John Chapter 8
7 So when they continued asking him, he lifted up himself, and said unto them, He that is without sin among you, let him first cast a stone at her.

This is a quote that many, Christian or not, like to quote. I agree completely 100% with the previous statements that the Ugandan government is flat out wrong. However there is more to this passage that should be noted:

10 When Jesus had lifted up himself, and saw none but the woman, he said unto her, Woman, where are those thine accusers? hath no man condemned thee? 11 She said, No man, Lord. And Jesus said unto her, Neither do I condemn thee: go, and SIN NO MORE.

i find it interesting that the people who seek to have same-sex relationships validated often have a "with us or against us" mentality. In their mind, you're either a loving person who agrees completely with homosexuality or you're an evil and hateful person who wishes the destruction of all same-sex/gender loving people; there is no in between or gray area when it comes to this issue. As stated before, I don't agree with the killing/murder/beating/raping against homosexuals or anything else that goes on in the Ugandan government. However, I don't agree with same-sex relationships either. Just because someone does not condone or accept your life practices, DOES NOT make them a hateful person.

As mentioned previously, Jesus saved the prostitute from being stoned and he made it clear that NO ONE has the right to kill/murder another human being because they are living a life contrary to scripture. But he also told her to go her way, and SIN NO MORE. Jesus didn't believe she should die at the hands of another human being, but he didn't believe in the way she was living her life either. As someone who is supposed to be a follower of Jesus, I would expect that he would want us to act in the same way. We should not support or condone anyone who seeks to "stone" someone or judge them to death, but we should also call sin a sin and encourage people to turn away from it.

Besides, aren't the wounds of a friend better than the kisses of an enemy? (Proverbs 27:6) I know that for our generation it's cool to say things like "I don't care what other people choose to do with their lives", but I don't ascribe to this thinking. I DO care what other people do for their lives because I would not want to see them fall for what I believe in my heart is wrong. If you had a friend who was doing something that you felt was not good for them, as a caring and loving friend, you would tell them what you think. It doesn't mean that you hate them, it means you're not willing to spare their feelings over their own safety. Even if many Christians started saying "I don't care, it doesn't matter as long as it doesn't effect me", would those who are in support of same-sex relationships actually feel better about it, knowing that many Christians consider it a dangerous way to live ( whether spiritually or physically). It would be basically like saying "I don't care if you hurt yourself; doesn't effect me"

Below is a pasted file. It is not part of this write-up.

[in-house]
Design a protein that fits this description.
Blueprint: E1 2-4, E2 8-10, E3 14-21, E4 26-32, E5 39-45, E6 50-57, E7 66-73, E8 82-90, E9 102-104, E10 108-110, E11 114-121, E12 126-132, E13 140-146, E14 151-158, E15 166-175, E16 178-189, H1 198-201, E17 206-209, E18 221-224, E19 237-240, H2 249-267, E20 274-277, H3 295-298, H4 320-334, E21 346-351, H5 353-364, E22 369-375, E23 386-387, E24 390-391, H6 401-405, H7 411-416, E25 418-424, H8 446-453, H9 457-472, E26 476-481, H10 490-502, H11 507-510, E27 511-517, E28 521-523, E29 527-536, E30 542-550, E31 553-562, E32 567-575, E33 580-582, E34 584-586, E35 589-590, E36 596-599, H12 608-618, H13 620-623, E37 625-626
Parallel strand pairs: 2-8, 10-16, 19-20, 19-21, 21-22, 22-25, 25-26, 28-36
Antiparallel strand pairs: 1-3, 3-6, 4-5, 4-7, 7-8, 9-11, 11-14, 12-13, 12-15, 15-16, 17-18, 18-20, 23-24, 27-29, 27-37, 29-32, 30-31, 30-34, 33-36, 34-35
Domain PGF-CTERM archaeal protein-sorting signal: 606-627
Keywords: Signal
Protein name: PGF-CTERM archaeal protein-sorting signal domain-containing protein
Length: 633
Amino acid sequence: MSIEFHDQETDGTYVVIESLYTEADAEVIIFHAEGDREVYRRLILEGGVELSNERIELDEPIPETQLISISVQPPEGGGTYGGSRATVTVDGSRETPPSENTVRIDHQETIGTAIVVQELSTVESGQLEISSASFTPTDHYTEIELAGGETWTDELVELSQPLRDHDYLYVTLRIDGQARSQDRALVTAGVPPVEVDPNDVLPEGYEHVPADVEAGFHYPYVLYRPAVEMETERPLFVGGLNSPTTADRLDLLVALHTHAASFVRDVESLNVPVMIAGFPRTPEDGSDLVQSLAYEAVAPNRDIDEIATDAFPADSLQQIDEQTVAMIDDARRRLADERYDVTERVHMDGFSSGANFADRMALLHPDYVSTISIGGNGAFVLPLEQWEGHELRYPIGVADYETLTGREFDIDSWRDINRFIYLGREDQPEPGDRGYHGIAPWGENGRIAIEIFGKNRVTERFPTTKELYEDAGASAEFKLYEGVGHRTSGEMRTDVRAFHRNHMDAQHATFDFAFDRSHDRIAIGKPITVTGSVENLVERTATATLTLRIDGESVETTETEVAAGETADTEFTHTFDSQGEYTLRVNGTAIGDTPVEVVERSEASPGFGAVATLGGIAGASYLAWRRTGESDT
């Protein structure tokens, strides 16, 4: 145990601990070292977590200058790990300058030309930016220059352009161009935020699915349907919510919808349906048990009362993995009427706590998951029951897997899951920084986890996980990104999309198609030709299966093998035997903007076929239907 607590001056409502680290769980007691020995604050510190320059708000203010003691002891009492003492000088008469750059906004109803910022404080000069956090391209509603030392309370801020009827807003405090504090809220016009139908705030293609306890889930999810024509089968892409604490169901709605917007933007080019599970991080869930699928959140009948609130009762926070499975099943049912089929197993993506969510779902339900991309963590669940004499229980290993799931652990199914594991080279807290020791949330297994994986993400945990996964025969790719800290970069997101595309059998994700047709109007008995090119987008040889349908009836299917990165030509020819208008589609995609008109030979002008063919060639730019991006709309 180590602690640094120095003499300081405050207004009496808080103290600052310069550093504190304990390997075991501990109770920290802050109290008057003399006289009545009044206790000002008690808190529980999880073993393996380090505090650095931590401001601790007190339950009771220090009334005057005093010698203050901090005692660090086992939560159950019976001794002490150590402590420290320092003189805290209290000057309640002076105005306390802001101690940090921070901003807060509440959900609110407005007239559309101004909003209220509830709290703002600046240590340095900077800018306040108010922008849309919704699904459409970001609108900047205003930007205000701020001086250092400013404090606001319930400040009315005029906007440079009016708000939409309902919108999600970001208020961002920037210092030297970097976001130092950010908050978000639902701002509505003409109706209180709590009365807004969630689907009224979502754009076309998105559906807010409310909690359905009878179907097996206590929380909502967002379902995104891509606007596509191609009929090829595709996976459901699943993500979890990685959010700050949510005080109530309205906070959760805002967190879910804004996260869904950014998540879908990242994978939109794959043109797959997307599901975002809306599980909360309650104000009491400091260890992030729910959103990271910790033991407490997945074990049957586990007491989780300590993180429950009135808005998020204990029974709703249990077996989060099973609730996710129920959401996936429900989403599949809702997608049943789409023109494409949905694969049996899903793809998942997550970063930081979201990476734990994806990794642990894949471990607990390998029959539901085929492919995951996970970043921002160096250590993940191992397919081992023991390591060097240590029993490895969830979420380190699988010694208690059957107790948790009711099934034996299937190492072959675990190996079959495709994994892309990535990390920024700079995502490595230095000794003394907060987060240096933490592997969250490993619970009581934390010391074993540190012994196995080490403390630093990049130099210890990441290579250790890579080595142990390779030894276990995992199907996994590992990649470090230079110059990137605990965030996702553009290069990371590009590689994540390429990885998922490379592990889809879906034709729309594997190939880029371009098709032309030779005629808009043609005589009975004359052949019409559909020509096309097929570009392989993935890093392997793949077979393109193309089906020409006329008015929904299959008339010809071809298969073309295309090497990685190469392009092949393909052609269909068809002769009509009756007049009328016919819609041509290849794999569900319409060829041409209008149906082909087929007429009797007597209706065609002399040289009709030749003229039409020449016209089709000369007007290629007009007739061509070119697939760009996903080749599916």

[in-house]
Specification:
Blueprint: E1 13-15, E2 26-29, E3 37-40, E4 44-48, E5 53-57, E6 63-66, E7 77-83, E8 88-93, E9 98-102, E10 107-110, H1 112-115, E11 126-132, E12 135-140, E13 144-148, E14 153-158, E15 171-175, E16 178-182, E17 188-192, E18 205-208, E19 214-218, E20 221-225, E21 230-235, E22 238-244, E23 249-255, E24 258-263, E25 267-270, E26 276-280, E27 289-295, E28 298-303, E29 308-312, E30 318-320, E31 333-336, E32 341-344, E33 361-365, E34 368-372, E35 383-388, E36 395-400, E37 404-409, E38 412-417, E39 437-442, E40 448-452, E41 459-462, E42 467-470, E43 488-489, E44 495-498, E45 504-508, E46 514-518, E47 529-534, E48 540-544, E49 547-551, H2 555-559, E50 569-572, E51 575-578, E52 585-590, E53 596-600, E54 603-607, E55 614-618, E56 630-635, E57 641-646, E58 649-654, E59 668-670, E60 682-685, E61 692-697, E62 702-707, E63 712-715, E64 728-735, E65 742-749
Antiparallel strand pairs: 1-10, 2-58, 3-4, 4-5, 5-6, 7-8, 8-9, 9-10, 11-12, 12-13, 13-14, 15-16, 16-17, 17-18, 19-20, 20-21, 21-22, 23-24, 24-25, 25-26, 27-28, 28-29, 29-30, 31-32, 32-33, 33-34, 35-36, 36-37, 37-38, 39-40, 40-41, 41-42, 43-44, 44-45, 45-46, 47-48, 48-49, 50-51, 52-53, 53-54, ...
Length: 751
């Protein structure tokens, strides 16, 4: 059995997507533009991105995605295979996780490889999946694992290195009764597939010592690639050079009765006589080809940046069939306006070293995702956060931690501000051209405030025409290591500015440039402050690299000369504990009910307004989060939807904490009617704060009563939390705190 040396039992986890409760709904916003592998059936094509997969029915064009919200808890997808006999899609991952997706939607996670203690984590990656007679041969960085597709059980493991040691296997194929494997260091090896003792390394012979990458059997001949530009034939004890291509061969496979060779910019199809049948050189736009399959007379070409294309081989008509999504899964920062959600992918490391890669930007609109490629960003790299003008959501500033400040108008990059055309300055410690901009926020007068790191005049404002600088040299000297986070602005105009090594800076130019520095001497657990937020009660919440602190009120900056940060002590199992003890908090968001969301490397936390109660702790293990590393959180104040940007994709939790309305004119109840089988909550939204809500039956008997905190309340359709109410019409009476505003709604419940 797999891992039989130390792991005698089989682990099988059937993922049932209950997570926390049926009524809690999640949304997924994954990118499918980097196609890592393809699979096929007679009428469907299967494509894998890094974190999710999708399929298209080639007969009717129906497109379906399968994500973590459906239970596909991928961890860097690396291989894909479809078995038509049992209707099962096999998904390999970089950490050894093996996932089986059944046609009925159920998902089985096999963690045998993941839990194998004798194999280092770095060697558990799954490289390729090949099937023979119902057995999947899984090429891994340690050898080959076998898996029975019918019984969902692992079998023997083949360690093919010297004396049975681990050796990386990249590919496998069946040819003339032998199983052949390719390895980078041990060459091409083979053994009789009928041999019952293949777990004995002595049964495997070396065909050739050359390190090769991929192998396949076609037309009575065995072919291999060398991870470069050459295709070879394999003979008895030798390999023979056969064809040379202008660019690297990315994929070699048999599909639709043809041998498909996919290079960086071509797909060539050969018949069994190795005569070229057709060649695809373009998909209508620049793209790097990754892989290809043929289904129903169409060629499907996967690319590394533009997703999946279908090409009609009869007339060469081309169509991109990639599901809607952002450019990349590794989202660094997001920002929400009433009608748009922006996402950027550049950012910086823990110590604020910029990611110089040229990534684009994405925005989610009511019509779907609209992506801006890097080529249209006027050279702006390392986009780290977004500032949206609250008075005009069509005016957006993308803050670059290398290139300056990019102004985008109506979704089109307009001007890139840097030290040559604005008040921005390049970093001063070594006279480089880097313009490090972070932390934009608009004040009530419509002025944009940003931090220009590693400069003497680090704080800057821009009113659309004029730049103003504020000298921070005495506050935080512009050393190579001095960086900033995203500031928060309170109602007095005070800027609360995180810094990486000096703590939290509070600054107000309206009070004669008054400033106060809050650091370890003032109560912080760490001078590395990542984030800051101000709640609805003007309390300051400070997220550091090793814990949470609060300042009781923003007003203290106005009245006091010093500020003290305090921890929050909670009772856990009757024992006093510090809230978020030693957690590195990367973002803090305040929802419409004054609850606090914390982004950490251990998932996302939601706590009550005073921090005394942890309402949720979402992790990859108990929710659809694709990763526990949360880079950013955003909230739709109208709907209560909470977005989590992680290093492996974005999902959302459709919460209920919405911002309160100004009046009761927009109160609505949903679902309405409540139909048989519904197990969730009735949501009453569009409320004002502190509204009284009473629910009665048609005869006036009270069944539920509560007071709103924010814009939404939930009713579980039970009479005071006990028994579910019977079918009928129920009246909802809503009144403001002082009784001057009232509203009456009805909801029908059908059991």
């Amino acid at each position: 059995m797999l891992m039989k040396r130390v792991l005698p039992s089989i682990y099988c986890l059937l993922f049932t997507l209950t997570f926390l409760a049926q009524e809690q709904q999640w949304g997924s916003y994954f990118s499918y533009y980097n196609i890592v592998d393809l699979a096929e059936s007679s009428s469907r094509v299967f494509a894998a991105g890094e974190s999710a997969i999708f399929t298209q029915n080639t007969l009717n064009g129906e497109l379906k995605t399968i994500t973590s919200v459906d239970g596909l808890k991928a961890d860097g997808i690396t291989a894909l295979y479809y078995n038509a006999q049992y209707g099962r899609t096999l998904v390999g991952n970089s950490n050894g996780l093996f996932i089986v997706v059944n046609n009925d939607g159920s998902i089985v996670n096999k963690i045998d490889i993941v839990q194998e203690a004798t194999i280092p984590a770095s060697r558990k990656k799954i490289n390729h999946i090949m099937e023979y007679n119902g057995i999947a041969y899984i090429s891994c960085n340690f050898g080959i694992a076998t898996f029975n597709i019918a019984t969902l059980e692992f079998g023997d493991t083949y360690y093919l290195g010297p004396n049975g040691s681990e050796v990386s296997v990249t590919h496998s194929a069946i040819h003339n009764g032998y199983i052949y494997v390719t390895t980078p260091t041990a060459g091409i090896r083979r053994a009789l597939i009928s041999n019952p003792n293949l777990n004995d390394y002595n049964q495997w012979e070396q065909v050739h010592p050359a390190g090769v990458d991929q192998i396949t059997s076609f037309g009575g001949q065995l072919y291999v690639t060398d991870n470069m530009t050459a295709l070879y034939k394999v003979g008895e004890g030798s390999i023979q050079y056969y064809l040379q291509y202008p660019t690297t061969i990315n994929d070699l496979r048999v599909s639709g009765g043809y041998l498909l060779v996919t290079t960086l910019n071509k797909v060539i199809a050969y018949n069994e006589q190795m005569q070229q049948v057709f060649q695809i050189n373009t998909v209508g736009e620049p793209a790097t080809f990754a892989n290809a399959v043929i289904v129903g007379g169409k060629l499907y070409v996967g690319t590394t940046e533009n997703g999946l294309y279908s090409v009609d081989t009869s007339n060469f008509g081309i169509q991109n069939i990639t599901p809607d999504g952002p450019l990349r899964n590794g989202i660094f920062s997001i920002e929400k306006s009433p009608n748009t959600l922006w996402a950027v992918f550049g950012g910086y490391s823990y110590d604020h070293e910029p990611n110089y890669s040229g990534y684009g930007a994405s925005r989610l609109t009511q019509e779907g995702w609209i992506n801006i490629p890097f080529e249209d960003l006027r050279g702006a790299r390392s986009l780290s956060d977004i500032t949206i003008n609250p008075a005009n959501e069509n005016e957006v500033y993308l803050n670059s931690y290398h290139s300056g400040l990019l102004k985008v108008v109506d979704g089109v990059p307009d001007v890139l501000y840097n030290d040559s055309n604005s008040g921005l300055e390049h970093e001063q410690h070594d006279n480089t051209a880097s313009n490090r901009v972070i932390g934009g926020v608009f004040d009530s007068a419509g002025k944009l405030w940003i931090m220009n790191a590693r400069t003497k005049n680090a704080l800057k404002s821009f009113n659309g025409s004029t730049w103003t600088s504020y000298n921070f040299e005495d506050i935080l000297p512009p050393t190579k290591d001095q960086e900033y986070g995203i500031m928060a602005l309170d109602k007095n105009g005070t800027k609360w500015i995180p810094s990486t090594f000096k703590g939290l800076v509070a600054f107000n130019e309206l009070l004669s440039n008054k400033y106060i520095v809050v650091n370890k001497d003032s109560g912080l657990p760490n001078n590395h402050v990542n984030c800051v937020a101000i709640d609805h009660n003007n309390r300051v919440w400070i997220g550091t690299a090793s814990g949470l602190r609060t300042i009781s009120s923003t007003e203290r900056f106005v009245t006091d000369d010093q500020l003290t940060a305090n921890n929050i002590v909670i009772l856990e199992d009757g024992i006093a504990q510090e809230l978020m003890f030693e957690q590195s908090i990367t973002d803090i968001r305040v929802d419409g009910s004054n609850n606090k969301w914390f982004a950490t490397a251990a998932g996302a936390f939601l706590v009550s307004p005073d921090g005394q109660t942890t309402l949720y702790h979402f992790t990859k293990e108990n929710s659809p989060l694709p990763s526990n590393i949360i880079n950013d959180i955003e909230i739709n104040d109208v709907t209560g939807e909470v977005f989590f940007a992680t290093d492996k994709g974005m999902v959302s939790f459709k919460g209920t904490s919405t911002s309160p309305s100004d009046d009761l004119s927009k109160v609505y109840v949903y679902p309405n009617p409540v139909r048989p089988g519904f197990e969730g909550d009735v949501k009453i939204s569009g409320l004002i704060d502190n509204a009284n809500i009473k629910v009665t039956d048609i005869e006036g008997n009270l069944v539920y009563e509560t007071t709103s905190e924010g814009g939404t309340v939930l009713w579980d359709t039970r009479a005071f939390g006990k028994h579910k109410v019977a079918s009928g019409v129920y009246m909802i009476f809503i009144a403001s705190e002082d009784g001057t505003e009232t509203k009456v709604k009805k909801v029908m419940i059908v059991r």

I am not going to compromise my beliefs just so I can fit the standard of what same-sex supporters say a loving person is or isn't. I find it interesting that many are basically asking Christians to be more subdued or lukewarm in their beliefs, while they're basically telling people that one is either hot or cold for the same-sex lifestyle. What makes this even more interesting is that I've heard this demand for being "hot or cold" in the very Bible many look down upon.

Revelation Chapter 3
15 I know thy works, that thou art neither cold nor hot: I would thou wert cold or hot.

December 10, 2009 | Unregistered CommenterAuthor: